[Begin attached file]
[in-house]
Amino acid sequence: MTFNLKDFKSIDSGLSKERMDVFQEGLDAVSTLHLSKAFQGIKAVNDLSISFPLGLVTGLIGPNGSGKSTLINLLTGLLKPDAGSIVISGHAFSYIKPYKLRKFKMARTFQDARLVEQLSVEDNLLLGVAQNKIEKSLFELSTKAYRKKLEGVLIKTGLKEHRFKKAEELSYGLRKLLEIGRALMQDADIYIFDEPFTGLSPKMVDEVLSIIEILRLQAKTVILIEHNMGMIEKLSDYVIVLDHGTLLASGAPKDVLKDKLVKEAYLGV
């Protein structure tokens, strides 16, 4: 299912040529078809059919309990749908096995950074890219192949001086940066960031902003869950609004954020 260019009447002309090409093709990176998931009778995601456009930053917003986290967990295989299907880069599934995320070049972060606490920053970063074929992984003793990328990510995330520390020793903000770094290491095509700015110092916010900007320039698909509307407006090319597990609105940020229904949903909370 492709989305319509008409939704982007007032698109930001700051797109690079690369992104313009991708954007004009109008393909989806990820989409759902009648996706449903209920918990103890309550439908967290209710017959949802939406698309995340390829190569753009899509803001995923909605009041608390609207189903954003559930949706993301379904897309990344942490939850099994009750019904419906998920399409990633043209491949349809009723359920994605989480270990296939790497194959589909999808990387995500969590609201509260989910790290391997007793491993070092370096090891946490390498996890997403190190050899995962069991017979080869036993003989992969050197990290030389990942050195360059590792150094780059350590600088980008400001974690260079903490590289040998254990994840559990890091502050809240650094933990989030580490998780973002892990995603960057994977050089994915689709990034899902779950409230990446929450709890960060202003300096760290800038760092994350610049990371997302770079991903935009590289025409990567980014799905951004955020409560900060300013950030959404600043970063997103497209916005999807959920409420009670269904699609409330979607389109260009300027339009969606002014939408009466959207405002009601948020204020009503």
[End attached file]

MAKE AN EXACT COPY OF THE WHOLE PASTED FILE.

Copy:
[in-house]
Amino acid sequence: MTFNLKDFKSIDSGLSKERMDVFQEGLDAVSTLHLSKAFQGIKAVNDLSISFPLGLVTGLIGPNGSGKSTLINLLTGLLKPDAGSIVISGHAFSYIKPYKLRKFKMARTFQDARLVEQLSVEDNLLLGVAQNKIEKSLFELSTKAYRKKLEGVLIKTGLKEHRFKKAEELSYGLRKLLEIGRALMQDADIYIFDEPFTGLSPKMVDEVLSIIEILRLQAKTVILIEHNMGMIEKLSDYVIVLDHGTLLASGAPKDVLKDKLVKEAYLGV
């Protein structure tokens, strides 16, 4: 299912040529078809059919309990749908096995950074890219192949001086940066960031902003869950609004954020 260019009447002309090409093709990176998931009778995601456009930053917003986290967990295989299907880069599934995320070049972060606490920053970063074929992984003793990328990510995330520390020793903000770094290491095509700015110092916010900007320039698909509307407006090319597990609105940020229904949903909370 492709989305319509008409939704982007007032698109930001700051797109690079690369992104313009991708954007004009109008393909989806990820989409759902009648996706449903209920918990103890309550439908967290209710017959949802939406698309995340390829190569753009899509803001995923909605009041608390609207189903954003559930949706993301379904897309990344942490939850099994009750019904419906998920399409990633043209491949349809009723359920994605989480270990296939790497194959589909999808990387995500969590609201509260989910790290391997007793491993070092370096090891946490390498996890997403190190050899995962069991017979080869036993003989992969050197990290030389990942050195360059590792150094780059350590600088980008400001974690260079903490590289040998254990994840559990890091502050809240650094933990989030580490998780973002892990995603960057994977050089994915689709990034899902779950409230990446929450709890960060202003300096760290800038760092994350610049990371997302770079991903935009590289025409990567980014799905951004955020409560900060300013950030959404600043970063997103497209916005999807959920409420009670269904699609409330979607389109260009300027339009969606002014939408009466959207405002009601948020204020009503």